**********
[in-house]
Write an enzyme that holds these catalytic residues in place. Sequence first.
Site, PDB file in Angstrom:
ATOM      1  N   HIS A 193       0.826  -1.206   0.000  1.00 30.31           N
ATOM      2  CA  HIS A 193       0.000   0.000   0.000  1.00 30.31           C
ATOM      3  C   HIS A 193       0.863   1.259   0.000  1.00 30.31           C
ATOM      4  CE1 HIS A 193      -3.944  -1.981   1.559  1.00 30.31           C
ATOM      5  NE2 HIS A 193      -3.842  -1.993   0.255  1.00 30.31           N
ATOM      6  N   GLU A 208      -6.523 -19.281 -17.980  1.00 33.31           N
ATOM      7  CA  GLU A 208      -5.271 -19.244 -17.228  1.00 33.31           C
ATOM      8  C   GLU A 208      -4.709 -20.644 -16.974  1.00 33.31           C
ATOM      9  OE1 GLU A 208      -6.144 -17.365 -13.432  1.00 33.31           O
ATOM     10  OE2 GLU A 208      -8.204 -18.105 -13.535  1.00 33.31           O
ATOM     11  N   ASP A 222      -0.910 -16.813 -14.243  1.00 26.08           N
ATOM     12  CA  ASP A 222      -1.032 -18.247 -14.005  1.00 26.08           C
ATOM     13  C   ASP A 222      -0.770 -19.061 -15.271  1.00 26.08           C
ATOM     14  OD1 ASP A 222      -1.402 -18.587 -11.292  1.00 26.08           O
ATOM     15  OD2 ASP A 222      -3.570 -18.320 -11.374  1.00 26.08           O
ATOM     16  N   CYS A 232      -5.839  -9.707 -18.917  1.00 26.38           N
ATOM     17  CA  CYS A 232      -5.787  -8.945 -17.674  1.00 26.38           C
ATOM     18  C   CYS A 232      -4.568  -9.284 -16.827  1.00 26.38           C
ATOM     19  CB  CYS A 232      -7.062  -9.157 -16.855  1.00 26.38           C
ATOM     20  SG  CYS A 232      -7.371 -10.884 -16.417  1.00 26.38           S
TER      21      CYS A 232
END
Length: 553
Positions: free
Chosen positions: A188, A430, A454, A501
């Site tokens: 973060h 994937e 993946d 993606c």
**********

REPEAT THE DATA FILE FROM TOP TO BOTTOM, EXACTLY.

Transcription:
[in-house]
Write an enzyme that holds these catalytic residues in place. Sequence first.
Site, PDB file in Angstrom:
ATOM      1  N   HIS A 193       0.826  -1.206   0.000  1.00 30.31           N
ATOM      2  CA  HIS A 193       0.000   0.000   0.000  1.00 30.31           C
ATOM      3  C   HIS A 193       0.863   1.259   0.000  1.00 30.31           C
ATOM      4  CE1 HIS A 193      -3.944  -1.981   1.559  1.00 30.31           C
ATOM      5  NE2 HIS A 193      -3.842  -1.993   0.255  1.00 30.31           N
ATOM      6  N   GLU A 208      -6.523 -19.281 -17.980  1.00 33.31           N
ATOM      7  CA  GLU A 208      -5.271 -19.244 -17.228  1.00 33.31           C
ATOM      8  C   GLU A 208      -4.709 -20.644 -16.974  1.00 33.31           C
ATOM      9  OE1 GLU A 208      -6.144 -17.365 -13.432  1.00 33.31           O
ATOM     10  OE2 GLU A 208      -8.204 -18.105 -13.535  1.00 33.31           O
ATOM     11  N   ASP A 222      -0.910 -16.813 -14.243  1.00 26.08           N
ATOM     12  CA  ASP A 222      -1.032 -18.247 -14.005  1.00 26.08           C
ATOM     13  C   ASP A 222      -0.770 -19.061 -15.271  1.00 26.08           C
ATOM     14  OD1 ASP A 222      -1.402 -18.587 -11.292  1.00 26.08           O
ATOM     15  OD2 ASP A 222      -3.570 -18.320 -11.374  1.00 26.08           O
ATOM     16  N   CYS A 232      -5.839  -9.707 -18.917  1.00 26.38           N
ATOM     17  CA  CYS A 232      -5.787  -8.945 -17.674  1.00 26.38           C
ATOM     18  C   CYS A 232      -4.568  -9.284 -16.827  1.00 26.38           C
ATOM     19  CB  CYS A 232      -7.062  -9.157 -16.855  1.00 26.38           C
ATOM     20  SG  CYS A 232      -7.371 -10.884 -16.417  1.00 26.38           S
TER      21      CYS A 232
END
Length: 553
Positions: free
Chosen positions: A188, A430, A454, A501
């Site tokens: 973060h 994937e 993946d 993606c």